I am not a doctor or anything close to it lol but that is just a thought I wanted to add.

(Old Baconian) #9

Carbohydrate cannot be turned into muscle mass. To build muscle you need protein, especially protein that contains branched-chain amino acids. Amino acids contain nitrogen, whereas fatty acids and carbohydrates do not, so without a source of nitrogen, there is no way to build muscle proteins. This is why protein is essential to the human diet.

While eating carbohydrate does not cause muscle gain, it does promote water-retention, and that is more likely to have been the cause of the weight gain.

(Alec) #10

I am not sure we really answered the title question here. It is the question I am interested in answering. Not whether we would burn glucose if we ate it, but how long does it take of regular carb/SAD diet to lose fat adaption, so you have to go through the fat adaption process again?

I am asking because I am doing my first 36 hr fast for a long while, after a bit of a rough patch diet-wise, and I am doing it really easy. No hunger, no cravings, nothing. I am almost thinking I might extend it a little tomorrow. We’ll see how it goes tomorrow.

But how long does it take to lose fat adaption?

(Old Baconian) #11

I don’t think anyone knows. We can switch back into metabolizing glucose at any time, but you’re asking how long it takes to accumulate enough mitchondrial damage for the metabolic switching to get stuck in glycolysis again. If I had to guess, it would be probably longer than a month, but less than a year.

(Ken) #12

I see we’re “Rediscovering the Wheel” on this one. This topic has been discussed in Bodybuilding/Fitness groups for decades. Detrimental readaptation that recreates anorexigenic hormonal resistance states is dependent on one thing. The recompensation and subsequent chronic overcompensation of glycogen. Same thing with fat gain. It’s only after glycogen is full that the receptors are desensitized that the body begins directing glucose into lipid cells for storage. This is also why you can eat occasional carbs for metabolic purposes with no worries of fat gain. As long as you eat them when glycogen is depleted. Fat gain and adaptation doesn’t happen unless glycogen is full. It’s merely the opposite for fat loss, glycogen has to be depleted to begin lipolysis.

Carbs have long been known to.assist protein transport into the muscles. That’s why limited amounts are consumed around workouts.

Back to the original question. It depends on how much and often you overcompensate glycogen.

(Joe D) #13

I really hate to ask questions that have probably been answered a million times but I’m fairly new to this. I feel like I’ve done my homework and everything seems to be working. I test ketones almost daily and have had positive readings pretty much since I started. I’ve been strict and I’m happy with results so far… however!

No matter where I look (google, YouTube, Reddit, etc.), I either can’t find or I don’t understand the “fat adaptation” part of all of this.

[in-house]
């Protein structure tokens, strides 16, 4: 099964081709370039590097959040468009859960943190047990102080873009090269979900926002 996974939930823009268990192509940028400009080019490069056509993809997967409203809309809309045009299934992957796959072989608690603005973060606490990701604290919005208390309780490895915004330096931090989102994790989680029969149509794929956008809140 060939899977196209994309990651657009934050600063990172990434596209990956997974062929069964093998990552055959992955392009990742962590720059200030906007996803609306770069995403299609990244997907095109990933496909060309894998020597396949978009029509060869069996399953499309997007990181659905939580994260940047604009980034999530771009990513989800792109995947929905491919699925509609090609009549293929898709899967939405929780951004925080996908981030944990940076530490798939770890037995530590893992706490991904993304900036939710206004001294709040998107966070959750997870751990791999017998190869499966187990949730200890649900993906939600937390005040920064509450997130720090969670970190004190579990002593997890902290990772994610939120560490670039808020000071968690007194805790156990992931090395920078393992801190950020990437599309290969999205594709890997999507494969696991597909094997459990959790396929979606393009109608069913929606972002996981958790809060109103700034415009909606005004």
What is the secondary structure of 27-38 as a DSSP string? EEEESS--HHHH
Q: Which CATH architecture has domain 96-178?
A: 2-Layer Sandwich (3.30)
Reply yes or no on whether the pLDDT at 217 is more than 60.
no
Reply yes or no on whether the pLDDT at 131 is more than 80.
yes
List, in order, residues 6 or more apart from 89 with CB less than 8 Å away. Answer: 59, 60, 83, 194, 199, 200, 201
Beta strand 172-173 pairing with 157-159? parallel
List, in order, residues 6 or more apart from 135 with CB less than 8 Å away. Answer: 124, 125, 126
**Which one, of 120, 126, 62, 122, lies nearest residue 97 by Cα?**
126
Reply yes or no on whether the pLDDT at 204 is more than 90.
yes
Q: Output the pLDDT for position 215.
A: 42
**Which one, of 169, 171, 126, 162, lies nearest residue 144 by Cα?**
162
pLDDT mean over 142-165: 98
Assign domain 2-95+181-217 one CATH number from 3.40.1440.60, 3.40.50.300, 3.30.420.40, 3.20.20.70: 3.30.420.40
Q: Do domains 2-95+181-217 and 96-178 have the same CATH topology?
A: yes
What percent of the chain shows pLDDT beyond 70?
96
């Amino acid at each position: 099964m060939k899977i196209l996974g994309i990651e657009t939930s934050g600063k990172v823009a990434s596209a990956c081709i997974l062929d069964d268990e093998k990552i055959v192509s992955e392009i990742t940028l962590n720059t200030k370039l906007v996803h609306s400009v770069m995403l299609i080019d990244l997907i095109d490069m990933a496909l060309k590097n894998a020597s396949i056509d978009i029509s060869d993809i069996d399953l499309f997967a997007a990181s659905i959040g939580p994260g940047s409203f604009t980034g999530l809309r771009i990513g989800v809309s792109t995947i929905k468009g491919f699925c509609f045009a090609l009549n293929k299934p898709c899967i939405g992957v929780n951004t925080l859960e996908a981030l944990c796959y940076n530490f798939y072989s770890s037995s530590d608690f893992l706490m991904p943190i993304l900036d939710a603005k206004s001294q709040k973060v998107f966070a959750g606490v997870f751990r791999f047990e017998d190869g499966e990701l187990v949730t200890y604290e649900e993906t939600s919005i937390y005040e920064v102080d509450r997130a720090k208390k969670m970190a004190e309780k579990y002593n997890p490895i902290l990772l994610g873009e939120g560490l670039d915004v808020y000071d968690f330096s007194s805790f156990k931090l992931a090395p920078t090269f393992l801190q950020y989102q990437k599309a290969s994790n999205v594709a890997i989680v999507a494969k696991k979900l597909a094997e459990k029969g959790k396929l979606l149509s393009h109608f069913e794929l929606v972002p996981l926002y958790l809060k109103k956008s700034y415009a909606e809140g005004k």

How do I objectively know I’m fat adapted? Meaning, for sure? I’ve read that you “just know”. That seems silly and subjective.

Once fat adapted, does anything change as far as routine? I’ve read that you can ease up on how strict you are with carbs but I’ve heard people say that they’ve been keto or in ketosis for years?

I can probably come up with at least 10 more questions specifically about fat adaptation but I guess we’ll start there.

Background… I started about 2 months ago, I’m fairly active (workout 6 days a week), goal is to only lose about 5-10lbs, currently sitting around 12-13% bf, I am strictly “clean” keto, I test ketones regularly.

Thanks in advance!

(Scott) #14

You can save a lot of grief if you just order without the bun from the get go. This has become natural for me to the point that I can’t imagine consuming a burger with a bun now and not feeling bloated and stuffed. It is also fun asking for extra bacon too. The fries are a mind over matter thing. You can either get them and share with the table (but not eat any) or just say hold the bun and fries. In more of a restaurant setting they will substitute broccoli for the fries if you ask. I was on vacation and felt bad that when the burger came it had the fries that you speak of and I caved, I ate two very small ones.

(Old Baconian) #15

There’s no known way to measure fat-adaptation, so it can only be determined subjectively, but there are a few indicators. First, let me point out that ketosis begins almost immediately after carbohydrate intake drops low enough, because serum glucose and insulin drop, and insulin is the main regulator of ketogenesis (although glucagon plays a role as well, under the right circumstances). The process called fat-adaptation is a cellular adaptation to metabolizing fatty acids in place of glucose and even ketone bodies, thus sparing the glucose and ketones produced by the liver for the organs that require them.